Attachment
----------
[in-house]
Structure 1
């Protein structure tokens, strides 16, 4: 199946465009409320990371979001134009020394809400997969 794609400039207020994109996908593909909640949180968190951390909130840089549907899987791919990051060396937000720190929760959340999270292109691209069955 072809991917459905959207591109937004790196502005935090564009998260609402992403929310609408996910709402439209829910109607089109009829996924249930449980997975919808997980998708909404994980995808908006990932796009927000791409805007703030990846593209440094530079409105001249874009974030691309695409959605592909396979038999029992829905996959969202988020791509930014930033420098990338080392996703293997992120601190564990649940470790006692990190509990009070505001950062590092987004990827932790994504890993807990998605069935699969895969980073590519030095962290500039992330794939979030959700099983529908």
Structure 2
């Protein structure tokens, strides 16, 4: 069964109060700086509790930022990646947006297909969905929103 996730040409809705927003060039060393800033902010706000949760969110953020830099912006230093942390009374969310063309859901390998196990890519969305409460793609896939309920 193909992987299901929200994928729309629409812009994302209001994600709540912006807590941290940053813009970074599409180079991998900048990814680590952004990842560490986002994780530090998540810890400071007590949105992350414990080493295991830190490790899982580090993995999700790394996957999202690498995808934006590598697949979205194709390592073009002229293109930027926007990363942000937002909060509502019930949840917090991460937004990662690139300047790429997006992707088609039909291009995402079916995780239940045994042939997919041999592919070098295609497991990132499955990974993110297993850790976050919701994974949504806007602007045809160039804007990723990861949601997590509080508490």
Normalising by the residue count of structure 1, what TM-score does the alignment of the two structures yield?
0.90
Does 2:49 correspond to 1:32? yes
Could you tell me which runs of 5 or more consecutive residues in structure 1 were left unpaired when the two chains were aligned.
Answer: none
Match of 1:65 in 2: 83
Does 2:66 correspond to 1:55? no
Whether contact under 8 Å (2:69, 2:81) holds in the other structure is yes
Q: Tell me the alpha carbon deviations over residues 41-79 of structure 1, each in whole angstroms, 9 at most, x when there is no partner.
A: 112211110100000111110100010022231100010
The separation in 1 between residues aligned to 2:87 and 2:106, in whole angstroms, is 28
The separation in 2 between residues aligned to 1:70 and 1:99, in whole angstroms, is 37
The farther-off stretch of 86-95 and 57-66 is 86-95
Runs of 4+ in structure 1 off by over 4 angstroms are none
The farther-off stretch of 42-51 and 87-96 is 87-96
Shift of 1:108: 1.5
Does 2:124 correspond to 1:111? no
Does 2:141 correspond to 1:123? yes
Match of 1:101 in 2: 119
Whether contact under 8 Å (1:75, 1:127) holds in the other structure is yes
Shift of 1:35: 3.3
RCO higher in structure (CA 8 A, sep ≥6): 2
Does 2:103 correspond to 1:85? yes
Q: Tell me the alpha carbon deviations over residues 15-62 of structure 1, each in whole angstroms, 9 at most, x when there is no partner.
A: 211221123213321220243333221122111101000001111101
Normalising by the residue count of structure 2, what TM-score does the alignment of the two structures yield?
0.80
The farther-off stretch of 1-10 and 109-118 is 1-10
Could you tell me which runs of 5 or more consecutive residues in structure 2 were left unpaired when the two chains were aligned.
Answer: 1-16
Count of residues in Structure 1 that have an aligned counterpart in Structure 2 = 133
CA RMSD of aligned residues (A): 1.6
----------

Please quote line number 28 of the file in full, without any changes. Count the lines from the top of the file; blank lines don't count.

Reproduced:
Does 2:103 correspond to 1:85? yes